Framing Britney Spears: An emotional story about a pop superstar becoming a prisoner

The New York Times decided to dig deeper and find out who is framing Britney Spears, whatever that means.

We heard the names and finally we heard the words. But Britney Spears is still silent.

If it weren’t sad, Britney Spears’ life story would probably be one of the most fascinating in the world. She became famous as a young girl, participating in the local talent program Star Search. Her parents, James, and Lynne Spears, were convinced their daughter would become an immense star; which is why they went to New York, by train – they didn’t have money for a plane. There, then unknown, Britney recorded several demo songs, introduced herself to record labels, and – got herself a hit. In the era of boy bands, she managed to shake up the music scene with … Baby One More time and change the history of pop culture.

But that is what we know. For the last 13 years, she has been placed under conservatorship. She is under the care of her father James. He has the legal right to make decisions instead of her. Britney Spears rebelled in December 2019, when everything stopped – a pop star does not want to perform, record or be a superstar, as long as her father manages her life and finances and is paid a lot for it – in addition to monthly income, according to the law, he is entitled to 1.5% of her earnings. Her fortune is, allegedly, estimated at 60 million dollars, at the moment.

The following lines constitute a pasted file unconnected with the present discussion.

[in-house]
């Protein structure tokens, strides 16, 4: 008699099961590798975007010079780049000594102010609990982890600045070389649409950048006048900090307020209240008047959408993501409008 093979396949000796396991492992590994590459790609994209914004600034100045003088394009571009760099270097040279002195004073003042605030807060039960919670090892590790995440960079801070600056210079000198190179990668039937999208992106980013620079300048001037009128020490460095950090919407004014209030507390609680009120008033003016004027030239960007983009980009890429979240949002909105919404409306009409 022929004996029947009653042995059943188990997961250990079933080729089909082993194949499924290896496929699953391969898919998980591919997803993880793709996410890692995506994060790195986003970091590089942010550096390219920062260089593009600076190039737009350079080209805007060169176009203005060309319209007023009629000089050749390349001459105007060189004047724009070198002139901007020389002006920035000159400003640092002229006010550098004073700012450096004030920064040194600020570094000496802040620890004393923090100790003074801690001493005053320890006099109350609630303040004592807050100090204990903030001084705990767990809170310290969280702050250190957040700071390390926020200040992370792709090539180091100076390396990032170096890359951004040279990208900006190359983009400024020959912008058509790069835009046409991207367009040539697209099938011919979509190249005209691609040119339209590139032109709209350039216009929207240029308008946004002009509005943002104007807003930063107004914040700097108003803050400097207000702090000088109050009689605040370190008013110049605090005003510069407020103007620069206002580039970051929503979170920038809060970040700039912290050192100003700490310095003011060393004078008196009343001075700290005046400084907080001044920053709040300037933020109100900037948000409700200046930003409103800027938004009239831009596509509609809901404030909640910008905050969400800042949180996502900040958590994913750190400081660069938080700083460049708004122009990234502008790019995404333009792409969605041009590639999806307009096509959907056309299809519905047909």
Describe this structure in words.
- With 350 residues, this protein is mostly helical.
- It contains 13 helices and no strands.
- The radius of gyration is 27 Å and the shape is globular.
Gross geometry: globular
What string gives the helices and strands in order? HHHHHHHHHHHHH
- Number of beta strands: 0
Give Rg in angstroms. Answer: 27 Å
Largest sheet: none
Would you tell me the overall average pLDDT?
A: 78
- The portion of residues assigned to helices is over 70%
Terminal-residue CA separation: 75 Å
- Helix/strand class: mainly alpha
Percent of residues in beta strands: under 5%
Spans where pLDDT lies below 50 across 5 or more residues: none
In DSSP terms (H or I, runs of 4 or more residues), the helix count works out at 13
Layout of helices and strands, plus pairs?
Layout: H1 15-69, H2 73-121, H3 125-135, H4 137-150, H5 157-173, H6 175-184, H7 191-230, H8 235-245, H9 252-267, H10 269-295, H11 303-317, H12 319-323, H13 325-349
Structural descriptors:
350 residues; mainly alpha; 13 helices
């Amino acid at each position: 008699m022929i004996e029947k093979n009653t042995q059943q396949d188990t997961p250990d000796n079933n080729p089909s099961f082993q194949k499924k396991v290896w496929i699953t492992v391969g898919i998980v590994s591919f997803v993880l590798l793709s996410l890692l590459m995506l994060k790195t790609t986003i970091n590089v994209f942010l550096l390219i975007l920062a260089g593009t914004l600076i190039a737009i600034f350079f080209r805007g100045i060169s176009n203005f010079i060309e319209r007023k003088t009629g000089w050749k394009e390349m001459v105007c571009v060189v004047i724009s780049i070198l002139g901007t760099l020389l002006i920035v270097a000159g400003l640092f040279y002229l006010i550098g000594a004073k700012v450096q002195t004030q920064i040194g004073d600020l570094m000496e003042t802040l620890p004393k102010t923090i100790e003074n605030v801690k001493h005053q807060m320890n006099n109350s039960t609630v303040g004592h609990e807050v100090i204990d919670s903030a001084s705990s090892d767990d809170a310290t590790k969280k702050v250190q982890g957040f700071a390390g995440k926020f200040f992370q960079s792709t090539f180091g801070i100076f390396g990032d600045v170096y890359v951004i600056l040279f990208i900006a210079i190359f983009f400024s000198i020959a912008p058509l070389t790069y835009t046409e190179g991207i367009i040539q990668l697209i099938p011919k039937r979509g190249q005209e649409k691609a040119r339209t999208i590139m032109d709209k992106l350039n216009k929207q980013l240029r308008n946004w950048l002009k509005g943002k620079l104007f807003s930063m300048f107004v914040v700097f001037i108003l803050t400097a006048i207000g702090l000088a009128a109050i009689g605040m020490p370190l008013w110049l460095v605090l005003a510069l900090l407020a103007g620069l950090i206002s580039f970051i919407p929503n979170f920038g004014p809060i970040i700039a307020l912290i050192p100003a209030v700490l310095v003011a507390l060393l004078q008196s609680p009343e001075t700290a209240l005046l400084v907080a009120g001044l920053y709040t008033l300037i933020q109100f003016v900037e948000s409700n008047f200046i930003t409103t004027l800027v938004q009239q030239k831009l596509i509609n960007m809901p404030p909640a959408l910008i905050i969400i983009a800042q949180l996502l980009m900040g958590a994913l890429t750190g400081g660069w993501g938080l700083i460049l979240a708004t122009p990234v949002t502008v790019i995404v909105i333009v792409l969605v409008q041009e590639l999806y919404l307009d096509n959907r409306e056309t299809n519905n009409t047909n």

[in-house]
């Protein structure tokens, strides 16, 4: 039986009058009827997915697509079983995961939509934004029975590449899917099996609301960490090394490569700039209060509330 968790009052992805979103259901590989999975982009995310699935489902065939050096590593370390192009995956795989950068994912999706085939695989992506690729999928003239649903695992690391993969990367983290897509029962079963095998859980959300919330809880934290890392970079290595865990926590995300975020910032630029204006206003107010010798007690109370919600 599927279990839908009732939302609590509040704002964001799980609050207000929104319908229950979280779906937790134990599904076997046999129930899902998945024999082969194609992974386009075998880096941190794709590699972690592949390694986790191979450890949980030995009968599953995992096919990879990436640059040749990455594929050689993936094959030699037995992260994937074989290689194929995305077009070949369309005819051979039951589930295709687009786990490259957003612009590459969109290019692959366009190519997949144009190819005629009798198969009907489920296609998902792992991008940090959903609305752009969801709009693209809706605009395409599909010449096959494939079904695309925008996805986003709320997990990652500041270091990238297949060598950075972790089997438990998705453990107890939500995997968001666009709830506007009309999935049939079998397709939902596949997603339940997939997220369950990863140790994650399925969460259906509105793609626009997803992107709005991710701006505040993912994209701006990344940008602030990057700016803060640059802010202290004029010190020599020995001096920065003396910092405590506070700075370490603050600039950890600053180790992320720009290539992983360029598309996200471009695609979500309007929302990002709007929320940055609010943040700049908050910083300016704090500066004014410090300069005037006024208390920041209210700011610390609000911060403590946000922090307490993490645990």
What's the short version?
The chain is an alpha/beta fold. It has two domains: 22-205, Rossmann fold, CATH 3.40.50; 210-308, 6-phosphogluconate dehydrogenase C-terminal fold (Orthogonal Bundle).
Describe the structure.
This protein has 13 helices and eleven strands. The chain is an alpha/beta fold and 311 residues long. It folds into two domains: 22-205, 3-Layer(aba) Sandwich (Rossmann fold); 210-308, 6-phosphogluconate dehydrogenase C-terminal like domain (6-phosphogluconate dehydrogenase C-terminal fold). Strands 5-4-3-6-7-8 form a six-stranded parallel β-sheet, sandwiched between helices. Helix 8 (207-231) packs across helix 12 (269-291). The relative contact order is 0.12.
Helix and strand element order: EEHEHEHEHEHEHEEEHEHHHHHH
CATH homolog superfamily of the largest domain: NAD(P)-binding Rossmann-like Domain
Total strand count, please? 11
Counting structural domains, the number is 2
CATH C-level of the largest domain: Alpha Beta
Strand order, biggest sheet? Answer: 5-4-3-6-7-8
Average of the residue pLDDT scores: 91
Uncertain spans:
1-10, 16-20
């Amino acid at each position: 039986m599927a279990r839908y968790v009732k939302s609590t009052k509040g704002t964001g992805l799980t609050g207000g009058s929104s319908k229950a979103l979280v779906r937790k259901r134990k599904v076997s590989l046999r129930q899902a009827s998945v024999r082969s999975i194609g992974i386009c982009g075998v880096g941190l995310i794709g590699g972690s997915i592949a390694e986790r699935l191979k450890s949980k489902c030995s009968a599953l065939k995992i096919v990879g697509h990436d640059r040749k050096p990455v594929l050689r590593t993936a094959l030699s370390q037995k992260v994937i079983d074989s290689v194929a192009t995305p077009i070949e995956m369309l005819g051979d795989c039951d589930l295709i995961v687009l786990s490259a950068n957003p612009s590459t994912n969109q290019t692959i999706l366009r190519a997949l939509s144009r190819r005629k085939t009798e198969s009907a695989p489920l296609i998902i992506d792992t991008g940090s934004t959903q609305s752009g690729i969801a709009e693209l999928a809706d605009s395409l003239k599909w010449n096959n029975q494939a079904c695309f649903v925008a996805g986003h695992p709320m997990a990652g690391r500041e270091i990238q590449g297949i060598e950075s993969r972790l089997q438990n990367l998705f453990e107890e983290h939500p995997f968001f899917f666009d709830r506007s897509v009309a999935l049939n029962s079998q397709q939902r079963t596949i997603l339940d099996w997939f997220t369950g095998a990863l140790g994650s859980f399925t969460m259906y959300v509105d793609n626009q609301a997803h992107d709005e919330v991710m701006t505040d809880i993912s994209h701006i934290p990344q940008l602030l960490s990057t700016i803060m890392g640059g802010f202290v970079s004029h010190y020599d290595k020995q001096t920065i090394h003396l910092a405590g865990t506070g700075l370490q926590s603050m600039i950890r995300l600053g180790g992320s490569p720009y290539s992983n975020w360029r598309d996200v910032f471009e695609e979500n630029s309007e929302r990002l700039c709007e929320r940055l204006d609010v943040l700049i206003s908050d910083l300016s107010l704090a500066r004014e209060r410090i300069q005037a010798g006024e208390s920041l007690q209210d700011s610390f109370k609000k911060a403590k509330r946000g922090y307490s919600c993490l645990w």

For this reason, The New York Times decided to dig deeper and find out who is framing Britney Spears, whatever that means. Lawyers, paparazzi, associates and fans, all spoke in front of the camera for a one-hour documentary. The singer’s family and lawyers refused to participate, while it was unknown whether Spears received the invitation or not. She remained silent.

What is the conservatorship?

The movie explained the legal concept of conservatorship, usually used for elderly, disabled people, who are not capable of making their own decisions. There is subtle evidence this style of management suits Spears’ father the most. Jamie has been described as the man who thinks only about the money – his first statement was that his daughter would be “so rich she would buy him a boat.”

Lawyer Adam Streisand, who specialized in conservatorship cases, revealed that he met Britney in January 2008, at a hotel in Los Angeles, shortly after she was released from a psychiatric facility. She told him that she knows conservatorship can’t be avoided, but that she did not want her father for a guardian. A day later, the court banned Streisand from representing Spears because she was allegedly unable to seek counsel on her own – at least that’s what sealed medical documents say. Britney was assigned a lawyer, Samuel D Ingham III, who has been representing her ever since. In the last 4 years, the singer paid him 2 million dollars, even though she did not choose him.

We don’t know the facts: if she is trapped indeed, aware of what is happening or if she supports the #FreeBritney movement.